The New Adafruit Feather M4

Alasdair Allan
2 min readJul 16, 2018


I’ve been talking a lot recently about the success of high-level languages of microcontrollers, and why I think that maturing ecosystem around both Python and Javascript on embedded hardware is important.

Which is where the new Feather M4 Express comes in, the latest board in Adafruit’s Feather line, and the most powerful yet to support their open source fork of MicroPython, called CircuitPython, out of the box.

The new Feather M4 Express, the latest Adafruit board to support CircuitPython. (📷: Adafruit)

Measuring 2.0×0.9×0.28 inches (51×23×8 mm) without headers soldered on, and weighing just 5 grams, the new Feather M4 is built around the 32-bit Microchip ATSAMD51J19. It’s an Arm Cortex-M4 processor running at 120MHz with floating point and hardware DSP support, with 512KB of Flash and 192KB of RAM. There is also a built-in crypto engine with 256-bit AES, “true” RNG—although remember random numbers are hard—and a pubkey controller.

The board itself has a 2 MB QSPI (Quad SPI) Flash storage chip—located right next to the Arm processor—for file and code storage. While using the QSPI peripheral under the Arduino development environment requires a library, with CircuitPython the 2MB of Flash just shows up as the writeable disk drive.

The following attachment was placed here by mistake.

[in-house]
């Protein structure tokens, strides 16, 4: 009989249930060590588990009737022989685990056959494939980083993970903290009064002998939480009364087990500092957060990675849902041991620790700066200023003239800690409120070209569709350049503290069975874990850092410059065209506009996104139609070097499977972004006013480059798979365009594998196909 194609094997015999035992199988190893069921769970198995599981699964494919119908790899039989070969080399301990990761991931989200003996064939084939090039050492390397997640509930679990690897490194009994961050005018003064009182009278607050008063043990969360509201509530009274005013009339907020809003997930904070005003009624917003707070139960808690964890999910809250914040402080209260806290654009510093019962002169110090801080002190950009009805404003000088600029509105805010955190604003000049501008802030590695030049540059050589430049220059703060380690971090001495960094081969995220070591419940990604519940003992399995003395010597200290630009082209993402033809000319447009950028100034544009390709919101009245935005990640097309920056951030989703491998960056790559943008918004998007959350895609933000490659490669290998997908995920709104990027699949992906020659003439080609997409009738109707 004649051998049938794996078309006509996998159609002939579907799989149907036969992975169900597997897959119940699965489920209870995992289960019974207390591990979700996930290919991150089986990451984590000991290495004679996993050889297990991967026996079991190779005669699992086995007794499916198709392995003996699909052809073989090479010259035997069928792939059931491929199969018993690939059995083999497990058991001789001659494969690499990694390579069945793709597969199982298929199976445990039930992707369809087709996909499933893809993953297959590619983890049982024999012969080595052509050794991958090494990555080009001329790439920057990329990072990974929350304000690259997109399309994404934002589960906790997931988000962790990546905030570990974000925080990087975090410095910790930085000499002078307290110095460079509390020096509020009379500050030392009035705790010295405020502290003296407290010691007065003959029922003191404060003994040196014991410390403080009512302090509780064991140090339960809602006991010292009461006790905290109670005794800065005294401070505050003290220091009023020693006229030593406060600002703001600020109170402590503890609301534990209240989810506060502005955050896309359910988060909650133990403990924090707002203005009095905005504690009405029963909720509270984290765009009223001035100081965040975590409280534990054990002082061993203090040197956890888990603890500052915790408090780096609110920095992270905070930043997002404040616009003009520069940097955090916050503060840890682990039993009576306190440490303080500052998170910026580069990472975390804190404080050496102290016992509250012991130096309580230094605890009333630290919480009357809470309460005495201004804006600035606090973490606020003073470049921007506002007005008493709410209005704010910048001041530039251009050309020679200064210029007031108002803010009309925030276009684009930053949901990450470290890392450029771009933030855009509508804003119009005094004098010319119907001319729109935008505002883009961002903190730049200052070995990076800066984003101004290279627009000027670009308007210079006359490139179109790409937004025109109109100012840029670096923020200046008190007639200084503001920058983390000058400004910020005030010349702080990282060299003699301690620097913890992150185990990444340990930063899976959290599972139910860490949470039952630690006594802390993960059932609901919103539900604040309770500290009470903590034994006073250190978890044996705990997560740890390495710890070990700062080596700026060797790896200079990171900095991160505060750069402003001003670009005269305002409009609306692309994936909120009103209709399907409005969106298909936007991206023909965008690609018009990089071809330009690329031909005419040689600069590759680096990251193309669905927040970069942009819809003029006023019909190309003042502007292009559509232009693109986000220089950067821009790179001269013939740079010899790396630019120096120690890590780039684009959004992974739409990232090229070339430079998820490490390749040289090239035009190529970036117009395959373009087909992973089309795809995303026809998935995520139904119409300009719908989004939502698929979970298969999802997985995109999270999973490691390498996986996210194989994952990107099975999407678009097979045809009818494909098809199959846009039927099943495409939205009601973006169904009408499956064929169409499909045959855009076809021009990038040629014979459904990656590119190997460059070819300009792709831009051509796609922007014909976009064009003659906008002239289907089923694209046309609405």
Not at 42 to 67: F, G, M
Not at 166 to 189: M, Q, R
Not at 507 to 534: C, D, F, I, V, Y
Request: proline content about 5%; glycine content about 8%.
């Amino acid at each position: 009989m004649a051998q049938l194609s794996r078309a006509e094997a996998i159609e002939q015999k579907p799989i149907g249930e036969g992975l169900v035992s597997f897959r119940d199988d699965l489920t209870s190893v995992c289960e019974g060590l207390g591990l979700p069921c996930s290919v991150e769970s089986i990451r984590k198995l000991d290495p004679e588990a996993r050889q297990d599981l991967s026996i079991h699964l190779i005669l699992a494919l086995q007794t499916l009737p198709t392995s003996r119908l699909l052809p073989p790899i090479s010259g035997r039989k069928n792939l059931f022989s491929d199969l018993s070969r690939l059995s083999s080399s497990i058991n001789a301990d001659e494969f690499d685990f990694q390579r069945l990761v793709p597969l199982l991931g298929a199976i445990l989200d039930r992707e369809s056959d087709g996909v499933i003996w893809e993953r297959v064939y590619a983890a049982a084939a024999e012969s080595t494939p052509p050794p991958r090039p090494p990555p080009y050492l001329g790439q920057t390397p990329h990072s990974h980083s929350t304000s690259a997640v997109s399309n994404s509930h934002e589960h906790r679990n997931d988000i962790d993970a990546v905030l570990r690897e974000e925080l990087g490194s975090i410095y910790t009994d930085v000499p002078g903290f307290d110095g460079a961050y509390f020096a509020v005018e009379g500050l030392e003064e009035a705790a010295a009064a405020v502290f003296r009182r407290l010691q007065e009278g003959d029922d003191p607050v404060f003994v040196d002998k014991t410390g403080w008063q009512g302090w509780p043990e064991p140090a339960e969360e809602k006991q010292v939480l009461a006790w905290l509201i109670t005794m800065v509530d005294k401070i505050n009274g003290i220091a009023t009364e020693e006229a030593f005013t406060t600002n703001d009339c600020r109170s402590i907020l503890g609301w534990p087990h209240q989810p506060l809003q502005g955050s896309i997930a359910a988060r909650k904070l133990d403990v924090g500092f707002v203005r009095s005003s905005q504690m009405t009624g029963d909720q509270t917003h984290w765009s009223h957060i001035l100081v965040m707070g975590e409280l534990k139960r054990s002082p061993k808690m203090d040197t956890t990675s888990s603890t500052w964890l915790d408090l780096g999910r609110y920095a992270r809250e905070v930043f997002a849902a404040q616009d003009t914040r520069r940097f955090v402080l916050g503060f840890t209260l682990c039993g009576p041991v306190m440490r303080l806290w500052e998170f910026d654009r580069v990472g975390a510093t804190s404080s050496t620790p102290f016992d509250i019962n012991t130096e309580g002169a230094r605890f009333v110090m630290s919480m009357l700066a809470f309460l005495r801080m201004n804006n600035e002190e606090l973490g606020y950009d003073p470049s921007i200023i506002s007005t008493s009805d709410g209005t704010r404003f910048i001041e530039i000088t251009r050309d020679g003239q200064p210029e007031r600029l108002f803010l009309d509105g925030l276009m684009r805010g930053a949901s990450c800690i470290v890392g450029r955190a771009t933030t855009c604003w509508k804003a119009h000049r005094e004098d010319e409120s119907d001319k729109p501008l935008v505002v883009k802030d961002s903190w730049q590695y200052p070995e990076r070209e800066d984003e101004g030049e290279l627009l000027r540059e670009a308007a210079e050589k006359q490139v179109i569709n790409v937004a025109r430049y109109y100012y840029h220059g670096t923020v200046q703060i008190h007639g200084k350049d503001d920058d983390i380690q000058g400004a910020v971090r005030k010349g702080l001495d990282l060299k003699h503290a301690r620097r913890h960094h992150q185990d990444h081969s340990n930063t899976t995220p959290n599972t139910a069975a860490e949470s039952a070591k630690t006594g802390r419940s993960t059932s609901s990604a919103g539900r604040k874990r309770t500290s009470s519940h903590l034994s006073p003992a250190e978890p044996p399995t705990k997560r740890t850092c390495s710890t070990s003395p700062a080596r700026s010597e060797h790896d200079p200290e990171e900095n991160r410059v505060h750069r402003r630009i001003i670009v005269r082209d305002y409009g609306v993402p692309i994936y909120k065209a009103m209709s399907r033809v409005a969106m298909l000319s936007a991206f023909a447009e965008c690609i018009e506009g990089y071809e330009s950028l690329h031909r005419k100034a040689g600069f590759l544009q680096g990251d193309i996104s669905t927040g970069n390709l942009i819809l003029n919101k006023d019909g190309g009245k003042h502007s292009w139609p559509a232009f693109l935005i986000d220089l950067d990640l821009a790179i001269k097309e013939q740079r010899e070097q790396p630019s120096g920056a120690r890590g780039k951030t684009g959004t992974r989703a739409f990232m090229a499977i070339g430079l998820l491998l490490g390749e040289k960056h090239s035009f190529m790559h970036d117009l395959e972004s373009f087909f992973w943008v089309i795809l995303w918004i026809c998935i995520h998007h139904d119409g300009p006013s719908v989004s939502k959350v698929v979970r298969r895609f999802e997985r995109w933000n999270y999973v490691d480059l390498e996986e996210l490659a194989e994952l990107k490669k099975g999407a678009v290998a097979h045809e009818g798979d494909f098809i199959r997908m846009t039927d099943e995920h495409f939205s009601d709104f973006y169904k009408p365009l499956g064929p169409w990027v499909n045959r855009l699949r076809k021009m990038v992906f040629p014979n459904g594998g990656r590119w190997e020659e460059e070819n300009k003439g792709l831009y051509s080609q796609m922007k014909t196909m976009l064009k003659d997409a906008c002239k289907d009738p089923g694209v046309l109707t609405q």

This Feather is based on an ATSAMD51J19 —a Cortex-M4 running 120MHz with floating point support, 512KB Flash, and 192KB RAM. (📷: Adafruit)

It comes pre-loaded with the UF2 bootloader, which means it looks like a USB storage key. When you plug it in the board it will simply show up on your desktop as a external drive. Edit the Python file on the drive, in whatever text editor you want to use, and changes to your code are run as soon as the file is done saving. No installation, no compilers, no development environments.

The board exposes 21×GPIO pins, including a 12-bit DAC, and 12-bit ADC, hardware serial, SPI, I2C, I2S, and an 8-bit parallel capture controller—for video input. There’s also a 100mA LiPo charger hardware onboard so that you can run it, and your project, directly from a battery.

If you’ve been thinking about getting started and experimenting with high-level languages on an embedded boards, this could well be where you want to start. Released at the tail end of last week, the Feather M4 Express is available now for $22.95 plus shipping.